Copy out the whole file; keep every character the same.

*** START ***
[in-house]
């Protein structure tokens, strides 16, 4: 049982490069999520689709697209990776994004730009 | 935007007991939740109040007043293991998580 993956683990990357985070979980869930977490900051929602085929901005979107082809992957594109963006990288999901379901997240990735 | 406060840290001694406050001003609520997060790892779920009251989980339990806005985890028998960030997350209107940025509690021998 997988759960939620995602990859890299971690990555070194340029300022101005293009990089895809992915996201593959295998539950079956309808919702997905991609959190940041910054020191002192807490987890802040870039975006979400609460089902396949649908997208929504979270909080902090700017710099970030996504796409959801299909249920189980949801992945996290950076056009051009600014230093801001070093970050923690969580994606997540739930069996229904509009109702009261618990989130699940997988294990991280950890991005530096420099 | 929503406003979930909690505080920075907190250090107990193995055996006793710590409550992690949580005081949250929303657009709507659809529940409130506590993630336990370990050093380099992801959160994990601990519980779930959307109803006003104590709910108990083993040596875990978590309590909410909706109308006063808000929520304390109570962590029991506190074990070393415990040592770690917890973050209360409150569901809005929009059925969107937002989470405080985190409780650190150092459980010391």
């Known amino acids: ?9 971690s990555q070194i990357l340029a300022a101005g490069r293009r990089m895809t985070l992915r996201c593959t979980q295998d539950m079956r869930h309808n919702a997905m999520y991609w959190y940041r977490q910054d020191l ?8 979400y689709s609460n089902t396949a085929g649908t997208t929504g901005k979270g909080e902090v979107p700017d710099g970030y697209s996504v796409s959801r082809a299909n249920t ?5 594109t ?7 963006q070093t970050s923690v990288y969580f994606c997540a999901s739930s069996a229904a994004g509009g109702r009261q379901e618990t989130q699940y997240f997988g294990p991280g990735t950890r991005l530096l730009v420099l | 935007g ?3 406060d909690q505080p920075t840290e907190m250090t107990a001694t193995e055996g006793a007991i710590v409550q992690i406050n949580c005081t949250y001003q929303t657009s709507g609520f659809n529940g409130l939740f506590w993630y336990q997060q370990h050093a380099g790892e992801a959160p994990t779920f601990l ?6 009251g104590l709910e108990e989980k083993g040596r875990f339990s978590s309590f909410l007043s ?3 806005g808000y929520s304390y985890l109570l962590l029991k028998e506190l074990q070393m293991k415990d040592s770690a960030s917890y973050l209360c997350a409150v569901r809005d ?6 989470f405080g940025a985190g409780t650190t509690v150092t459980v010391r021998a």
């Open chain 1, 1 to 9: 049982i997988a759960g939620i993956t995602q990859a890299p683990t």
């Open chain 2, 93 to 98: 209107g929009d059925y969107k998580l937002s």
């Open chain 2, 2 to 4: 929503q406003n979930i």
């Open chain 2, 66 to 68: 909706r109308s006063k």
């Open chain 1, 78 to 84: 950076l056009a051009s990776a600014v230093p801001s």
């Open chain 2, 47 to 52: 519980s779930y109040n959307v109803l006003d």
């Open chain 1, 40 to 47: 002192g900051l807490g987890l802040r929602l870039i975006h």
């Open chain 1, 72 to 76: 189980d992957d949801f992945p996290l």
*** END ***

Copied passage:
[in-house]
């Protein structure tokens, strides 16, 4: 049982490069999520689709697209990776994004730009 | 935007007991939740109040007043293991998580 993956683990990357985070979980869930977490900051929602085929901005979107082809992957594109963006990288999901379901997240990735 | 406060840290001694406050001003609520997060790892779920009251989980339990806005985890028998960030997350209107940025509690021998 997988759960939620995602990859890299971690990555070194340029300022101005293009990089895809992915996201593959295998539950079956309808919702997905991609959190940041910054020191002192807490987890802040870039975006979400609460089902396949649908997208929504979270909080902090700017710099970030996504796409959801299909249920189980949801992945996290950076056009051009600014230093801001070093970050923690969580994606997540739930069996229904509009109702009261618990989130699940997988294990991280950890991005530096420099 | 929503406003979930909690505080920075907190250090107990193995055996006793710590409550992690949580005081949250929303657009709507659809529940409130506590993630336990370990050093380099992801959160994990601990519980779930959307109803006003104590709910108990083993040596875990978590309590909410909706109308006063808000929520304390109570962590029991506190074990070393415990040592770690917890973050209360409150569901809005929009059925969107937002989470405080985190409780650190150092459980010391």
């Known amino acids: ?9 971690s990555q070194i990357l340029a300022a101005g490069r293009r990089m895809t985070l992915r996201c593959t979980q295998d539950m079956r869930h309808n919702a997905m999520y991609w959190y940041r977490q910054d020191l ?8 979400y689709s609460n089902t396949a085929g649908t997208t929504g901005k979270g909080e902090v979107p700017d710099g970030y697209s996504v796409s959801r082809a299909n249920t ?5 594109t ?7 963006q070093t970050s923690v990288y969580f994606c997540a999901s739930s069996a229904a994004g509009g109702r009261q379901e618990t989130q699940y997240f997988g294990p991280g990735t950890r991005l530096l730009v420099l | 935007g ?3 406060d909690q505080p920075t840290e907190m250090t107990a001694t193995e055996g006793a007991i710590v409550q992690i406050n949580c005081t949250y001003q929303t657009s709507g609520f659809n529940g409130l939740f506590w993630y336990q997060q370990h050093a380099g790892e992801a959160p994990t779920f601990l ?6 009251g104590l709910e108990e989980k083993g040596r875990f339990s978590s309590f909410l007043s ?3 806005g808000y929520s304390y985890l109570l962590l029991k028998e506190l074990q070393m293991k415990d040592s770690a960030s917890y973050l209360c997350a409150v569901r809005d ?6 989470f405080g940025a985190g409780t650190t509690v150092t459980v010391r021998a």
């Open chain 1, 1 to 9: 049982i997988a759960g939620i993956t995602q990859a890299p683990t």
């Open chain 2, 93 to 98: 209107g929009d059925y969107k998580l937002s």
């Open chain 2, 2 to 4: 929503q406003n979930i």
């Open chain 2, 66 to 68: 909706r109308s006063k």
């Open chain 1, 78 to 84: 950076l056009a051009s990776a600014v230093p801001s």
């Open chain 2, 47 to 52: 519980s779930y109040n959307v109803l006003d």
């Open chain 1, 40 to 47: 002192g900051l807490g987890l802040r929602l870039i975006h």
């Open chain 1, 72 to 76: 189980d992957d949801f992945p996290l």